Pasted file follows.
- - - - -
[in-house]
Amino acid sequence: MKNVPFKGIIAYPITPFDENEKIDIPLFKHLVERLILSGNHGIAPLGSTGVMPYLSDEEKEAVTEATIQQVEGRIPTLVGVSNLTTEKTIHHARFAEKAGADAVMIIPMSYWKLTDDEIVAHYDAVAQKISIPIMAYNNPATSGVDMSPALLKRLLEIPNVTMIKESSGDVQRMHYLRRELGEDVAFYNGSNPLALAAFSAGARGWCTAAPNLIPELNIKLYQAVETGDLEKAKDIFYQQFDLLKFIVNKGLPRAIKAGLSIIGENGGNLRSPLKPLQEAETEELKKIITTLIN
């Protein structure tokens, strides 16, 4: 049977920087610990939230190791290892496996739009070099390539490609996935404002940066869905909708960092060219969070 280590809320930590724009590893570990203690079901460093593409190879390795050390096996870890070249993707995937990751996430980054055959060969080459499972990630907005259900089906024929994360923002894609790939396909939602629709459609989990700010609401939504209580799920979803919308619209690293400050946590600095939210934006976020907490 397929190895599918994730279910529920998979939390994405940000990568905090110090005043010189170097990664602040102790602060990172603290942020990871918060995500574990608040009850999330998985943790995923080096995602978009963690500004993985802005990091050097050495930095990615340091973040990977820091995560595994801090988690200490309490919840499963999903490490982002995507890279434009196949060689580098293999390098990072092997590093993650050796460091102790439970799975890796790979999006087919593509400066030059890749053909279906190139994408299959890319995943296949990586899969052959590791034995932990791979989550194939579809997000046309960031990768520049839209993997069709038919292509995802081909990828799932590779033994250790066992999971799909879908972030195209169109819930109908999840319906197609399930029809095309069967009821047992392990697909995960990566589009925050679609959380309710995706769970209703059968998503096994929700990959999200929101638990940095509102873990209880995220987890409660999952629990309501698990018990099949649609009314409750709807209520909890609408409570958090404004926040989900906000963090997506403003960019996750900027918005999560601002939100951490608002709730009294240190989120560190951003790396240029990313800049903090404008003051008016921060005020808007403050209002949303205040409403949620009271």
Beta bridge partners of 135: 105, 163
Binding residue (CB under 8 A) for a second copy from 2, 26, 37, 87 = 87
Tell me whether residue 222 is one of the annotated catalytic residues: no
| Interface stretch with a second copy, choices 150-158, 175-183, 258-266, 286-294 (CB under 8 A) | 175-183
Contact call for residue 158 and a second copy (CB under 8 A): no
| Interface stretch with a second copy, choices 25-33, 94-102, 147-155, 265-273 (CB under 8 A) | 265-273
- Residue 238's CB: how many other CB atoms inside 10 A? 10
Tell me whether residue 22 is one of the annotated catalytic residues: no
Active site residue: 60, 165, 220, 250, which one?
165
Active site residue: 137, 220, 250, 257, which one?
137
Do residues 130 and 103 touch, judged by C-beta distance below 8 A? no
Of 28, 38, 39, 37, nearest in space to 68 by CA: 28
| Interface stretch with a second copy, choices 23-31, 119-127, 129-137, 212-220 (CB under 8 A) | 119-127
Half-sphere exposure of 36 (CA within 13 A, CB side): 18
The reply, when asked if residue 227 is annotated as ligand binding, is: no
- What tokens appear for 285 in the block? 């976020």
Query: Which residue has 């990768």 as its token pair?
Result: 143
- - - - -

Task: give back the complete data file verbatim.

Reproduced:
[in-house]
Amino acid sequence: MKNVPFKGIIAYPITPFDENEKIDIPLFKHLVERLILSGNHGIAPLGSTGVMPYLSDEEKEAVTEATIQQVEGRIPTLVGVSNLTTEKTIHHARFAEKAGADAVMIIPMSYWKLTDDEIVAHYDAVAQKISIPIMAYNNPATSGVDMSPALLKRLLEIPNVTMIKESSGDVQRMHYLRRELGEDVAFYNGSNPLALAAFSAGARGWCTAAPNLIPELNIKLYQAVETGDLEKAKDIFYQQFDLLKFIVNKGLPRAIKAGLSIIGENGGNLRSPLKPLQEAETEELKKIITTLIN
């Protein structure tokens, strides 16, 4: 049977920087610990939230190791290892496996739009070099390539490609996935404002940066869905909708960092060219969070 280590809320930590724009590893570990203690079901460093593409190879390795050390096996870890070249993707995937990751996430980054055959060969080459499972990630907005259900089906024929994360923002894609790939396909939602629709459609989990700010609401939504209580799920979803919308619209690293400050946590600095939210934006976020907490 397929190895599918994730279910529920998979939390994405940000990568905090110090005043010189170097990664602040102790602060990172603290942020990871918060995500574990608040009850999330998985943790995923080096995602978009963690500004993985802005990091050097050495930095990615340091973040990977820091995560595994801090988690200490309490919840499963999903490490982002995507890279434009196949060689580098293999390098990072092997590093993650050796460091102790439970799975890796790979999006087919593509400066030059890749053909279906190139994408299959890319995943296949990586899969052959590791034995932990791979989550194939579809997000046309960031990768520049839209993997069709038919292509995802081909990828799932590779033994250790066992999971799909879908972030195209169109819930109908999840319906197609399930029809095309069967009821047992392990697909995960990566589009925050679609959380309710995706769970209703059968998503096994929700990959999200929101638990940095509102873990209880995220987890409660999952629990309501698990018990099949649609009314409750709807209520909890609408409570958090404004926040989900906000963090997506403003960019996750900027918005999560601002939100951490608002709730009294240190989120560190951003790396240029990313800049903090404008003051008016921060005020808007403050209002949303205040409403949620009271």
Beta bridge partners of 135: 105, 163
Binding residue (CB under 8 A) for a second copy from 2, 26, 37, 87 = 87
Tell me whether residue 222 is one of the annotated catalytic residues: no
| Interface stretch with a second copy, choices 150-158, 175-183, 258-266, 286-294 (CB under 8 A) | 175-183
Contact call for residue 158 and a second copy (CB under 8 A): no
| Interface stretch with a second copy, choices 25-33, 94-102, 147-155, 265-273 (CB under 8 A) | 265-273
- Residue 238's CB: how many other CB atoms inside 10 A? 10
Tell me whether residue 22 is one of the annotated catalytic residues: no
Active site residue: 60, 165, 220, 250, which one?
165
Active site residue: 137, 220, 250, 257, which one?
137
Do residues 130 and 103 touch, judged by C-beta distance below 8 A? no
Of 28, 38, 39, 37, nearest in space to 68 by CA: 28
| Interface stretch with a second copy, choices 23-31, 119-127, 129-137, 212-220 (CB under 8 A) | 119-127
Half-sphere exposure of 36 (CA within 13 A, CB side): 18
The reply, when asked if residue 227 is annotated as ligand binding, is: no
- What tokens appear for 285 in the block? 């976020």
Query: Which residue has 């990768």 as its token pair?
Result: 143